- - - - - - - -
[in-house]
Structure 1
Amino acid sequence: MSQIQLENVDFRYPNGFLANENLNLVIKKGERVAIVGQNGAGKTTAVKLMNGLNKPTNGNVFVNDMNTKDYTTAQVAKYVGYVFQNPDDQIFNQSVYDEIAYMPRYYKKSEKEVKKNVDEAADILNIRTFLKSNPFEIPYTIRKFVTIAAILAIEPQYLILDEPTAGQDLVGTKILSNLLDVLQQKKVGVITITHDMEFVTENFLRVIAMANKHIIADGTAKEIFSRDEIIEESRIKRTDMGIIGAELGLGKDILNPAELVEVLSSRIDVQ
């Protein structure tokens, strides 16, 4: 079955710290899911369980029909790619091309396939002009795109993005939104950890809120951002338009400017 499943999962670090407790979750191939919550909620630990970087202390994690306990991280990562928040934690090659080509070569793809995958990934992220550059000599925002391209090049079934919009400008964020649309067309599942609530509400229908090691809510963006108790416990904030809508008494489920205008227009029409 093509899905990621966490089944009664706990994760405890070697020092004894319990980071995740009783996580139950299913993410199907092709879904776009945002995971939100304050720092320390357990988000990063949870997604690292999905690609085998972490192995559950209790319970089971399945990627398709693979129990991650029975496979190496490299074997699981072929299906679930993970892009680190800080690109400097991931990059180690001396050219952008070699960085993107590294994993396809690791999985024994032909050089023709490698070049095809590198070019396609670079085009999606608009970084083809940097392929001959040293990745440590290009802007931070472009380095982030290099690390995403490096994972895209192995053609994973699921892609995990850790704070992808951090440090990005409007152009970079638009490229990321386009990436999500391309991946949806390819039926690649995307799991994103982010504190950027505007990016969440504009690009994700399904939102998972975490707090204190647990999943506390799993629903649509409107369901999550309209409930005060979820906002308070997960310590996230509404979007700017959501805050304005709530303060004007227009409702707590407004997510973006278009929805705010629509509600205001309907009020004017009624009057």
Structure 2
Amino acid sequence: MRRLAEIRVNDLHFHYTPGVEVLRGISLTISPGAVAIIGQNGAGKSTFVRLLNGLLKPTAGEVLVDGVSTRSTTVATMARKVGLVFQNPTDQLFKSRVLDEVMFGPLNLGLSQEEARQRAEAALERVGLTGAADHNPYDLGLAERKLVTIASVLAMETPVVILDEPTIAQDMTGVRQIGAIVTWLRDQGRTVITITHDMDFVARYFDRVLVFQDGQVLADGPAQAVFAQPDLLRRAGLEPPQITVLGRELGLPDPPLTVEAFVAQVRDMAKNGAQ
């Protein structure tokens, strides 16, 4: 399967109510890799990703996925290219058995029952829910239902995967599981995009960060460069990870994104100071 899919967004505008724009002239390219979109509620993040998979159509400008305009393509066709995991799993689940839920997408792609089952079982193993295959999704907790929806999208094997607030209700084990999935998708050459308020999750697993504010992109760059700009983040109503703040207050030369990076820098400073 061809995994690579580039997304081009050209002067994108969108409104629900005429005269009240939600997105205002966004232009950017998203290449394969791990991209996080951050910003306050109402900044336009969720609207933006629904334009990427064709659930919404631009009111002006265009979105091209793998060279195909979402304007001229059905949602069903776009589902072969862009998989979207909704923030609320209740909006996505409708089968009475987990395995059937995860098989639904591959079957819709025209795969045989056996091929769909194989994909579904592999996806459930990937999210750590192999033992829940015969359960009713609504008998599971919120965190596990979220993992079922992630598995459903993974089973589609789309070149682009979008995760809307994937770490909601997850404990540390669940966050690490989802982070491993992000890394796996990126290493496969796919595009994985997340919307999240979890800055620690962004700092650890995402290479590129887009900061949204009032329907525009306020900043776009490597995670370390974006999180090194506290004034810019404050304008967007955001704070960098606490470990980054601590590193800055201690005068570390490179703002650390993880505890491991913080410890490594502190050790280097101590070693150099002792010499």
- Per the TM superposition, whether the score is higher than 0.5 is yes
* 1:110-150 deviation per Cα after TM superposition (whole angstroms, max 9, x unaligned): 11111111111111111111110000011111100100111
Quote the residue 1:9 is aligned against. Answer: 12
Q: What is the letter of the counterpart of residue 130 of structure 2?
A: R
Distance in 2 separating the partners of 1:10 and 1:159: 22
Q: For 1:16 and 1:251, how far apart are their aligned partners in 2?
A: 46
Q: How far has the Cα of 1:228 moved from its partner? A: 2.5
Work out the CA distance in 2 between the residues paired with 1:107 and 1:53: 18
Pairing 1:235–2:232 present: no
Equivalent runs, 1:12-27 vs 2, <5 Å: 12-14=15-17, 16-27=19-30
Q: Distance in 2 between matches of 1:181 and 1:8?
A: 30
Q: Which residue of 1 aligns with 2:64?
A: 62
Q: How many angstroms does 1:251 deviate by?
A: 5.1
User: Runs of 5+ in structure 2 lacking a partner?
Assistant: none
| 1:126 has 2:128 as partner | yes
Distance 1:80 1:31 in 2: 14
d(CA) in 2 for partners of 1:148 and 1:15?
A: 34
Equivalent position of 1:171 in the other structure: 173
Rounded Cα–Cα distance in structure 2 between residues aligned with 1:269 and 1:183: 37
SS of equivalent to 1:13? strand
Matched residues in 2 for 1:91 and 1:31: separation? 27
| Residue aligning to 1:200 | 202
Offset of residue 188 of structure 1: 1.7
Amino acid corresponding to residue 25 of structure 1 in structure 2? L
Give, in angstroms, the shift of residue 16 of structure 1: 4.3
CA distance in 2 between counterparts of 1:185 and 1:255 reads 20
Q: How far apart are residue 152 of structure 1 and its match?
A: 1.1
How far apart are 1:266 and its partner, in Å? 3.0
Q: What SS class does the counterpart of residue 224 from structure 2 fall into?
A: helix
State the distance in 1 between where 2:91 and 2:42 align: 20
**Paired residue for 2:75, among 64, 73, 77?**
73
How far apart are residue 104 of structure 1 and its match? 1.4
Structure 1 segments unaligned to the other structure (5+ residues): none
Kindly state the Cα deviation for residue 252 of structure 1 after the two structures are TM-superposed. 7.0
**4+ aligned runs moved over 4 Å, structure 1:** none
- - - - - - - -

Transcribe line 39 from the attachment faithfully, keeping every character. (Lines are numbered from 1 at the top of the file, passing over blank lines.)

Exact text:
Give, in angstroms, the shift of residue 16 of structure 1: 4.3